Steve: I’ve met people like that, too. That’s got to be daunting. Super daunting.
Doc G: I think there’s definitely been a lie perpetrated on the American people and it’s that your financial life has to be complicated. It is true, there are complex financial instruments, etc., but the majority of dealing with your own finances can be fairly straightforward. I didn’t say easy. It can be difficult. It can be difficult to make lots of money. But most of what we really need to do financially is not amazingly hard to understand.
Doc G: I think we’ve been sold this idea that it’s too complicated and most people can’t grasp their own finances.
Steve: Right. It does seem to be changing, though so I’m optimistic that upcoming generations are going to be much more “woke” to the situation and making better choices and having less debt and what not. I hang out in some of these communities like Choozify and so forth and you see people telling these inspiring stories of like, “Oh yeah, I just paid off all my debt, paid off my car. I figured this out.” They had your epiphany of, “Hey, I got financially independent,” or “Hey, I realize this is not the right trajectory I want to be on and I want to fix this up and make changes.”
Steve: Good, so let’s talk a little bit more about your situation and this whole struggle you had around figuring out that once you were FI, that hey, how did that impact your thinking and do you think you could have done anything better in advance to not get depressed and anxious about, “What the heck am I doing with my life?”
Doc G: You know I think I was so in the weeds of building a life that… and I was focused so much on being a physician that I don’t know if I was really able to see past my daily life. And so when I looked at my finances and saw that I didn’t necessarily have to spend all my time being a physician, it was like a mirage disappeared and there was nothing left in its place.
Doc G: I shouldn’t say nothing. I knew that I had passions, but I had always told myself I didn’t have enough time to pursue them. So writing for me was always a huge passion. I loved writing, I’ve been writing a blog about medicine since 2005. I knew that that was something that, in fact, felt more like what I was meant to do than being a physician, but I always figured, “Well, you can never really make a living that way. And I’m supposed to be a physician anyway, so who’s going to really invest the time?” Or, public speaking.
Doc G: I liked to do a lot of public speaking. I’m now on speaker’s bureau, but if you had asked me back then, when I was 40 years old and just discovering all this stuff, I don’t think I would have ever invested the time or energy. So could I have come to this more gently? I don’t know if it was possible. I think it was just where I was.
Doc G: We all have our unique story of where we end up as individuals and I’m not really even sad that I went through all that with medicine. What medicine brought to my life not only was financial stability, but it gave me a chance to enter people’s lives and do something meaningful. So how could I ever be sad that I spent all these years doctoring?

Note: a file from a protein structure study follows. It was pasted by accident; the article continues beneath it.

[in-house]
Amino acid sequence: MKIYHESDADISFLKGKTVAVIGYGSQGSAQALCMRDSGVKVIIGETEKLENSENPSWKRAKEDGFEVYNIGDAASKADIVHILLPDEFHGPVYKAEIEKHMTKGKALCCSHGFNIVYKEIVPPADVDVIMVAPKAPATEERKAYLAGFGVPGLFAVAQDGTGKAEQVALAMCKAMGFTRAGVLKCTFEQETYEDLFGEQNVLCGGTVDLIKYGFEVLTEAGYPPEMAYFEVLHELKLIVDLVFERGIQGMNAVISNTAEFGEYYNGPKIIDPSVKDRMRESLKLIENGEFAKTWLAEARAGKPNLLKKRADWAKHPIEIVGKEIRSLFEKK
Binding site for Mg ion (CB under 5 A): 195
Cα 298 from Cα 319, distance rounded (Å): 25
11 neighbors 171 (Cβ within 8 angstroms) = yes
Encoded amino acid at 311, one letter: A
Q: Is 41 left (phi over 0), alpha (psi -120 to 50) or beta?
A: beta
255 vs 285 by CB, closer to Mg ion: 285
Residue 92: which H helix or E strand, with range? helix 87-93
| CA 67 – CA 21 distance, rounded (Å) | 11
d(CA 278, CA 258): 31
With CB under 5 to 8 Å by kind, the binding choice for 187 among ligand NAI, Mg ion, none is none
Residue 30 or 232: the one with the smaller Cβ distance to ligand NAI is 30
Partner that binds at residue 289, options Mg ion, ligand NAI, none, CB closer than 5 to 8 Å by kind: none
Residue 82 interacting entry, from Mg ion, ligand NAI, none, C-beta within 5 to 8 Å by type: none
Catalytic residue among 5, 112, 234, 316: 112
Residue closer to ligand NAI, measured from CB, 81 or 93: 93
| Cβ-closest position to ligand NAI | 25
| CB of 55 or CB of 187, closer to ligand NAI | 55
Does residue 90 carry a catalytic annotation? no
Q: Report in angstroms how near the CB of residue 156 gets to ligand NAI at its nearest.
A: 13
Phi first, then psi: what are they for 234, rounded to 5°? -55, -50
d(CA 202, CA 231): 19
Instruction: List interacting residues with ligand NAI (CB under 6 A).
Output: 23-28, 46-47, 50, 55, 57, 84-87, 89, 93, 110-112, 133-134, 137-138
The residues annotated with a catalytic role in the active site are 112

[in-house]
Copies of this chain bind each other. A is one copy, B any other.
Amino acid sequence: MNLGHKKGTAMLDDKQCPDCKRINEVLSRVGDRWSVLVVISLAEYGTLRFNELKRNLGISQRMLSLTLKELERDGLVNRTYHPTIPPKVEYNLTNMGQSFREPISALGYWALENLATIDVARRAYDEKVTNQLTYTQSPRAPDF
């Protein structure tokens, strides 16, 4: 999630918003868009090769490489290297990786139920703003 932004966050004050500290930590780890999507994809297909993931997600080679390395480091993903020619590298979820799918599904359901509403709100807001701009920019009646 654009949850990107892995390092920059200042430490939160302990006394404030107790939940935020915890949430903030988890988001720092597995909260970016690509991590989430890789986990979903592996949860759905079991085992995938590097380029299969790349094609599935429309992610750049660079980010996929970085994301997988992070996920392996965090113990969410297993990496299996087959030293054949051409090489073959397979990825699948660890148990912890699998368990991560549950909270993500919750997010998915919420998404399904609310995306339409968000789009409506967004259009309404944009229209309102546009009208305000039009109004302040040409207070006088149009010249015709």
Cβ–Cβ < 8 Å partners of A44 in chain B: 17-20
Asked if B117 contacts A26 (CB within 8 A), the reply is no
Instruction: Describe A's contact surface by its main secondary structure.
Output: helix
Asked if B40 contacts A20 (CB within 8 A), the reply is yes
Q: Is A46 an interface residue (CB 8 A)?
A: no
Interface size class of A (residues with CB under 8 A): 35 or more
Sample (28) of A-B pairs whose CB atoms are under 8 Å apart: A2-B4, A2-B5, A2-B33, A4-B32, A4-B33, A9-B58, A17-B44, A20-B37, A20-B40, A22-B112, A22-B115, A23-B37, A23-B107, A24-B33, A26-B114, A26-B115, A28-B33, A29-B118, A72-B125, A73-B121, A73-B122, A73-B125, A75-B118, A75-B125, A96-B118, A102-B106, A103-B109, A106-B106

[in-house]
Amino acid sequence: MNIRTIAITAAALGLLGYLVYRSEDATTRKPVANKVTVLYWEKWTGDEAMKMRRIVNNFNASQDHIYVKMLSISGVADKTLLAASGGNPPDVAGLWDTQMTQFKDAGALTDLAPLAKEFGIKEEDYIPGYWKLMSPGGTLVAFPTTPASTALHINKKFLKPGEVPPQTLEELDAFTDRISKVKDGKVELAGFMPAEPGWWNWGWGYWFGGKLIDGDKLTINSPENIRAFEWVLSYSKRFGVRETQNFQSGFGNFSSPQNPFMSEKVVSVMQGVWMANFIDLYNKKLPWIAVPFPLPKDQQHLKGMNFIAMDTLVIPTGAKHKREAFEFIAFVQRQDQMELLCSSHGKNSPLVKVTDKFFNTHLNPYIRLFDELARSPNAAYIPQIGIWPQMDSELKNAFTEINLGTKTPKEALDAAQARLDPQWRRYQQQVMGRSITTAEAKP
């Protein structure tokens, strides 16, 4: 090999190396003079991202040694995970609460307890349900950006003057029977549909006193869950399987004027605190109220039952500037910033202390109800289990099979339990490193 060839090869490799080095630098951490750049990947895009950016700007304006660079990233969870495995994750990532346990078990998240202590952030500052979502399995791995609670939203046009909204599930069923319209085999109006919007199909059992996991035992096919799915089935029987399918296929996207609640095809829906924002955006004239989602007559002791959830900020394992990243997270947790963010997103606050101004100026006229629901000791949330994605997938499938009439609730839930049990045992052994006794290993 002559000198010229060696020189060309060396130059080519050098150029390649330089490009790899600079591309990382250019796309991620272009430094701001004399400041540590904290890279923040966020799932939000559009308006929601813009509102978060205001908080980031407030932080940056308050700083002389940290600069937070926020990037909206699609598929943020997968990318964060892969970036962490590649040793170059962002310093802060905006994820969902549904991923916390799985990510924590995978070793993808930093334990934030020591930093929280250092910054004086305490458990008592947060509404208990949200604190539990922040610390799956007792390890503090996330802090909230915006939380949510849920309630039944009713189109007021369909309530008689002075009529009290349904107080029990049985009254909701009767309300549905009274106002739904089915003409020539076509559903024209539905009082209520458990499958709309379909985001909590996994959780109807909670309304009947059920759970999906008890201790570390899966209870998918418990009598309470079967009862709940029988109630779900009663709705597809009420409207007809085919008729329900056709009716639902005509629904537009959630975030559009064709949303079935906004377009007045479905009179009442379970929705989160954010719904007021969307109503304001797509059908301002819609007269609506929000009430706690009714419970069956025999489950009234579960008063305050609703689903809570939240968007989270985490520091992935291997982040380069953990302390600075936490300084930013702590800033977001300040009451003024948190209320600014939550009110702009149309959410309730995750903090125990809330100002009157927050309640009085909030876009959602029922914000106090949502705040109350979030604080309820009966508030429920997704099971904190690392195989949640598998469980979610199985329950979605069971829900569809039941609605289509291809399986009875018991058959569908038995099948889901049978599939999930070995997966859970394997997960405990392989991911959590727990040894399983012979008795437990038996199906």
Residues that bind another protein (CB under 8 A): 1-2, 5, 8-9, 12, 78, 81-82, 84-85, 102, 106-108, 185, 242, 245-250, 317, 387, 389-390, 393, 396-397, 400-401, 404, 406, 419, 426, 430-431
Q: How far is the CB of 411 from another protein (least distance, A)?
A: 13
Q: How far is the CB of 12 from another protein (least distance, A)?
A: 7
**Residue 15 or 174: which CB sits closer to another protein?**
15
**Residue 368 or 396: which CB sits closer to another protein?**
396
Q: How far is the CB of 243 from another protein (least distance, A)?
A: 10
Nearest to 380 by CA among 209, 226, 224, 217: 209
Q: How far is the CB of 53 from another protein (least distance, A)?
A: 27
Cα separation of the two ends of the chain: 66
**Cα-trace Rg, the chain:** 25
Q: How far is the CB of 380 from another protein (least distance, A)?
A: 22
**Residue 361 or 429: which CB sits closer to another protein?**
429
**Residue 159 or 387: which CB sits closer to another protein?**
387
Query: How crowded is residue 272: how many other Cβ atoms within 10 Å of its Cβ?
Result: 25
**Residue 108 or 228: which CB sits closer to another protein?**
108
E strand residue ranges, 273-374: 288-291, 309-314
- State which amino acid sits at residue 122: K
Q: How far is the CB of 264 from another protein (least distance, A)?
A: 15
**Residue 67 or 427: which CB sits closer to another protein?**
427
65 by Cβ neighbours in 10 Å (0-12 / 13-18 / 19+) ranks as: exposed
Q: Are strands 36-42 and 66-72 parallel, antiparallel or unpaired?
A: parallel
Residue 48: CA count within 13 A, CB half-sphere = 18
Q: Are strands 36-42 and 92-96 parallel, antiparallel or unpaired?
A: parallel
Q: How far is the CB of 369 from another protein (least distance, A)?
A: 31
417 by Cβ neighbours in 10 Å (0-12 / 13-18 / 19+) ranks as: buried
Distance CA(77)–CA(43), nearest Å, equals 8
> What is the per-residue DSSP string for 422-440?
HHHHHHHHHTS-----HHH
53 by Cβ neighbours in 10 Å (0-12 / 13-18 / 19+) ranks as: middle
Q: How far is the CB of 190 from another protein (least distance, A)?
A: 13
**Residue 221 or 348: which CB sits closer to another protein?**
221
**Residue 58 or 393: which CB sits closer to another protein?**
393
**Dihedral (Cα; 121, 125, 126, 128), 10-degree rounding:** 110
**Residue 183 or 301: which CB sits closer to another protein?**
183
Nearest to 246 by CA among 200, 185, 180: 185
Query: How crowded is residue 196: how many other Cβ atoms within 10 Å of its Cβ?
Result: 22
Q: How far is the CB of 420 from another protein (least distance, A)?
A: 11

Doc G: Then it also gave me, like you said, a hard skill which I can use for the rest of my life and even if I can’t go back to doctoring, the organizational skills from having that graduate degree will open doors for me in business and other places if I ever decide I want to work.
Doc G: So I don’t think I regret what I did. I don’t know if I could have done it more gently. I think I needed to be jarred out of the life I was in. So reading that book shook me up. And it was a drastic change. But I needed a drastic change. So, it’s not like I read the book and quit the next day. That started a year’s period of writing.
Doc G: I started a blog about financial independence but more than being information for other people, it was also an accountability journal for myself. So I knew that I was financially independent. I knew that my life’ purpose and identity had been wrapped up in being a physician, at least to that point, and that I needed to transition. But I didn’t yet have the courage or strength to do that.
Doc G: So that actually was the intro into the personal finance financial independence community. I started writing about it, which really helped me clarify my thoughts and then I started meeting people in this community who gave me a lot of the strength and the wisdom that finally led to me cutting back on being a doctor and pursuing things like the blog and the podcast and doing more public speaking. So I think it happened the way it was supposed to happen.
Steve: Yeah. I think you raise an interesting point which is that I’m seeing out there, too. It’s like the pursuit of financial independence as this process and transition period, because it doesn’t… it takes five, 10, typically 15 years. But I think it gets people so excited because they’re like, “Okay, I’m really working towards this goal. It might take a while, but it’s acceptable to work towards it. It’s not going to happen overnight.”
Steve: Hopefully during that timeframe, it re-frames what you’re currently doing, gives you some things to really work against and hopefully you’ll think about what is going to happen next. But that process is part of it. And it’s getting refined because everyone’s talking about what is financial independence, how is it going to work and everything else.
Steve: Interesting. So, for you, you kind of grew up pretty upper middle class. Got your degree. You were a doctor for 20, 15 years, something like that. Had this epiphany, transition period and now, you’re podcasting, blogging, podcasting. But you’re still working, right? You work, I think, in hospice? Is that right?